DISTELL suffered a blow yesterday when the North Gauteng High Court ruled that 15 of its cream liqueurs should be taxed at the higher rate applicable to spirit-based drinks rather than the lower wine-based category the company had claimed.
"I come to the conclusion that the wine in the products in issue does not contribute to the organoleptic (sensory) characteristics of the final products as it is neutral and therefore cannot give it its essential character," Judge Cynthia Pretorius ruled. "The court finds all the products in issue as spirituous."
The ruling over the tax status of garishly named drinks like Zorba, Alaska Peppermint and Nachtmusik is a milestone in the long and convoluted battle between the South African Revenue Service (SARS) and Distell over a much more important product - flagship drink Amarula.
Distell excluded Amarula from the case it brought against SARS to avoid the publicity it feared from the public admission that a drink competing with spirit-based liqueur Bailey's Irish Cream was made mainly of wine, despite enjoying the perception of being spirit-based.
At the same time, it wanted to preserve Amarula's classification as a wine-based drink to keep the duty lower and margin higher on the drink. While this year's budget unified the excise duty for both spirit-based and fortified wine-based drinks, the change of duty on Amarula from R4,33 per litre of absolute alcohol to R93,03 created a liability dating back to 2006 that remains unclear.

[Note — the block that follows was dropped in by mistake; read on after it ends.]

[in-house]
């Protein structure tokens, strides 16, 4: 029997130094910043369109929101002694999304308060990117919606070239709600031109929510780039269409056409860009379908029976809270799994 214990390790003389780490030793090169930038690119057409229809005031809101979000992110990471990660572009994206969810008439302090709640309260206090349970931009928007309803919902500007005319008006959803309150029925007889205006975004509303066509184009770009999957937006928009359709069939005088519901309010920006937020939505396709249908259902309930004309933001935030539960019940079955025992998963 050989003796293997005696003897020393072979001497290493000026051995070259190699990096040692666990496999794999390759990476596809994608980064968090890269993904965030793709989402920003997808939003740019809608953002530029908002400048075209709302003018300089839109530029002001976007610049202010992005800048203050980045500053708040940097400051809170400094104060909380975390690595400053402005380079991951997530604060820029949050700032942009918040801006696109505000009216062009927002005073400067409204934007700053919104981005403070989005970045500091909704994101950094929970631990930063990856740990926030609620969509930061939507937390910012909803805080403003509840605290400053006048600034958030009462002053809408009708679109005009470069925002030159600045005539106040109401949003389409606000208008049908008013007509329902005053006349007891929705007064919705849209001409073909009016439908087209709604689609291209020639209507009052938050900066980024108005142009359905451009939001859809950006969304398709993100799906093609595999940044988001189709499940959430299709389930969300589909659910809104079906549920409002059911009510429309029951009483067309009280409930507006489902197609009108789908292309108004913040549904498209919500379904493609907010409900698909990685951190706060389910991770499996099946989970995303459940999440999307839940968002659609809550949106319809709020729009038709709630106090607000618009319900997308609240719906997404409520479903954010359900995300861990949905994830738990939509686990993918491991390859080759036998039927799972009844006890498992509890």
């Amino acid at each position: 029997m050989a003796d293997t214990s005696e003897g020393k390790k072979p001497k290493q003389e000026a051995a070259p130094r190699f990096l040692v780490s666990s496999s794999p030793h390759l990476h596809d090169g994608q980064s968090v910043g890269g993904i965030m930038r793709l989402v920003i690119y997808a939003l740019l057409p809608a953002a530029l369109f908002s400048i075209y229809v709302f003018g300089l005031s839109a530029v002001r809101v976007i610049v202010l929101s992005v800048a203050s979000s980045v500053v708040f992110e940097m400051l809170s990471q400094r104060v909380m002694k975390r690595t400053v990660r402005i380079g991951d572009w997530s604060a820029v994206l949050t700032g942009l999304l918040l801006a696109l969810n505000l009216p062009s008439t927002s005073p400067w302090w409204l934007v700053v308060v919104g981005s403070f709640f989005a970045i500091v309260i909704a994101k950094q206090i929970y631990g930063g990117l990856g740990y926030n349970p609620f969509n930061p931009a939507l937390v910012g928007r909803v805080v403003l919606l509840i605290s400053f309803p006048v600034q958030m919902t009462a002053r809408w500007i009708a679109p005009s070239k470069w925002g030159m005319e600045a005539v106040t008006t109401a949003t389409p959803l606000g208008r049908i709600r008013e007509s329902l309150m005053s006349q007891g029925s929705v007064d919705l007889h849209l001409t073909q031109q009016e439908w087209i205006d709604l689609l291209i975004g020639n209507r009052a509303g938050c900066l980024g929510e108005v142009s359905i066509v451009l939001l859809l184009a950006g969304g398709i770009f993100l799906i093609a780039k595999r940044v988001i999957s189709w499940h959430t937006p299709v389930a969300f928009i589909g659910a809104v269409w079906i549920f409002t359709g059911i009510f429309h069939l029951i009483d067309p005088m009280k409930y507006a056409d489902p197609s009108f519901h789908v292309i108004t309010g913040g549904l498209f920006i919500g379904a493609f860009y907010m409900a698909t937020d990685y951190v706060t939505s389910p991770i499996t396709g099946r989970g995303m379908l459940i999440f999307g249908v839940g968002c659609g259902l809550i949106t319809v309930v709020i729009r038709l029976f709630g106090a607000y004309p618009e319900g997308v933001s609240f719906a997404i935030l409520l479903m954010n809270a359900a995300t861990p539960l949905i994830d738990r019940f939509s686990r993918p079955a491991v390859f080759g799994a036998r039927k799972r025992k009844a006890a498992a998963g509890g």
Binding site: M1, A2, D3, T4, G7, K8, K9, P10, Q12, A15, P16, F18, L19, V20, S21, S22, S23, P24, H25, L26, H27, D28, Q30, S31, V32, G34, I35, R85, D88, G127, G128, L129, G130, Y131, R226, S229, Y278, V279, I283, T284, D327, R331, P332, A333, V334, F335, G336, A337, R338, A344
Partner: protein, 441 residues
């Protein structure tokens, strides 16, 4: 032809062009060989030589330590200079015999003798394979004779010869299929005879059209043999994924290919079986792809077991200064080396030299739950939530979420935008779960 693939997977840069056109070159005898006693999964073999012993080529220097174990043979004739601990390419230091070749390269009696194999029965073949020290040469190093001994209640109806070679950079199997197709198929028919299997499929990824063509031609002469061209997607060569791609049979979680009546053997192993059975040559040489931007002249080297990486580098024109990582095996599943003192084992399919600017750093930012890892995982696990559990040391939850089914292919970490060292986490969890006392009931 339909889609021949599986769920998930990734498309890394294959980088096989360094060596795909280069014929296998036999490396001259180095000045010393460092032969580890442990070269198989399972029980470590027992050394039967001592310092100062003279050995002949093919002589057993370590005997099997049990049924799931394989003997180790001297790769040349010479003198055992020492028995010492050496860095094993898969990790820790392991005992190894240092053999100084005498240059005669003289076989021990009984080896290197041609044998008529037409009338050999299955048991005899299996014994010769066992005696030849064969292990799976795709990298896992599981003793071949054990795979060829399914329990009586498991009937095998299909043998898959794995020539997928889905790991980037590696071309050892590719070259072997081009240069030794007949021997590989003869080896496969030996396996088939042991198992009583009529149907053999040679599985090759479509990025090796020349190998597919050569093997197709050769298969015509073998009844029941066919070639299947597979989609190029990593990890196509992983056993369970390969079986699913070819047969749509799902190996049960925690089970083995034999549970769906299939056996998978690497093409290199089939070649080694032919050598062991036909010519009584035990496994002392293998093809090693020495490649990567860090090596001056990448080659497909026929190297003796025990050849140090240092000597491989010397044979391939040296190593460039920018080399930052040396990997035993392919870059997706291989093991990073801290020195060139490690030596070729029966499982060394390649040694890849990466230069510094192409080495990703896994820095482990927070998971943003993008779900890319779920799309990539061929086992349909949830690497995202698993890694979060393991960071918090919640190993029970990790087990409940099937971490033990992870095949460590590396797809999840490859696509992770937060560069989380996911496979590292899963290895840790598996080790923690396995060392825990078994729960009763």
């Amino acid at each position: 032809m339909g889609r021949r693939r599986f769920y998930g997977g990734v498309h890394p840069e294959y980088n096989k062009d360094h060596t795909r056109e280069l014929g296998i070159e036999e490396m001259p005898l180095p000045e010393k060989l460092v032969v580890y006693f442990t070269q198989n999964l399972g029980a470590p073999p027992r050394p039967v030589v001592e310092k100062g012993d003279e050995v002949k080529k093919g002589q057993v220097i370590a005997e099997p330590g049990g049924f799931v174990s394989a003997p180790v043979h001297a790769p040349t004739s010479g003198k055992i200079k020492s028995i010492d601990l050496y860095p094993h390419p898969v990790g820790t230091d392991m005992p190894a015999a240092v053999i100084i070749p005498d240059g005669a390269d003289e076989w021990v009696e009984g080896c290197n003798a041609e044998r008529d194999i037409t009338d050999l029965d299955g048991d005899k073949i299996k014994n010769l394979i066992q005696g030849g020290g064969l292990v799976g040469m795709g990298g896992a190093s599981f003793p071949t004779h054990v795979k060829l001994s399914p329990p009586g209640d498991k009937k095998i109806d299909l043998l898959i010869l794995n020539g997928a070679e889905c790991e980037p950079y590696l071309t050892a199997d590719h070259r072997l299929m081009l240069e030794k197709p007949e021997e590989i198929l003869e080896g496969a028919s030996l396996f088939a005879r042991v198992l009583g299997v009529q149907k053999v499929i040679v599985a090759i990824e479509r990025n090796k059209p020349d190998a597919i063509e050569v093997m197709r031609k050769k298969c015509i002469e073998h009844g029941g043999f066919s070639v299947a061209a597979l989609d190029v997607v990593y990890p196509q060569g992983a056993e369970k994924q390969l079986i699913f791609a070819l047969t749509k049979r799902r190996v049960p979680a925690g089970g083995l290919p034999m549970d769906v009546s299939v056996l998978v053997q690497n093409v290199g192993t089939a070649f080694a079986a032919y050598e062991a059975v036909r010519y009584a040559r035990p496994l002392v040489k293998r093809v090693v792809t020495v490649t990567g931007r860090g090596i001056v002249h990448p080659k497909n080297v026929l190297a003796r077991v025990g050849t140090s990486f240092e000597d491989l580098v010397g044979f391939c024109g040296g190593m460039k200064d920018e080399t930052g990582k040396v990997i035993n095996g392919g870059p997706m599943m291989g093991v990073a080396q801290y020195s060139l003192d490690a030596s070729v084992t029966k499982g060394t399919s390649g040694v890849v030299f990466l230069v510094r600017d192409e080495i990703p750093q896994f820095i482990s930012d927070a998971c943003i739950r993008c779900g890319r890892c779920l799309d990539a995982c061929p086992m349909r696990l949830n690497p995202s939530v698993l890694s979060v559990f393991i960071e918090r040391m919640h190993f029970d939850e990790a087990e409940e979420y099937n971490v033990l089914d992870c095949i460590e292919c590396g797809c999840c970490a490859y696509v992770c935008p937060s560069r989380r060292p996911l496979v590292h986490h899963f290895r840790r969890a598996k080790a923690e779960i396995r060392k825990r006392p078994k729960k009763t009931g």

Yesterday's ruling is likely to strengthen SARS's hands in its battle with Distell over that liability.
Neither side commented in detail after the judgment yesterday.
"SARS welcomes the judgment. We are studying the findings of court and how it will impact on the application of tariffs," spokesman Adrian Lackay said.
"We're disappointed in the ruling," Distell spokeswoman Heidi Bartis said. "We have to study the actual judgment and only then can we ascertain the impact."
The case made public a number of facts the company would probably have liked to keep to itself, such as that while Amarula for the local market is wine-based, the export version has only spirits.
Separately, in a bid to keep the local version classified as a wine- based liqueur, the company reduced the volume of cane spirits from 129,70ml/l to 114,82ml and raised the proportion of fortified wine from 100ml to 171,82ml.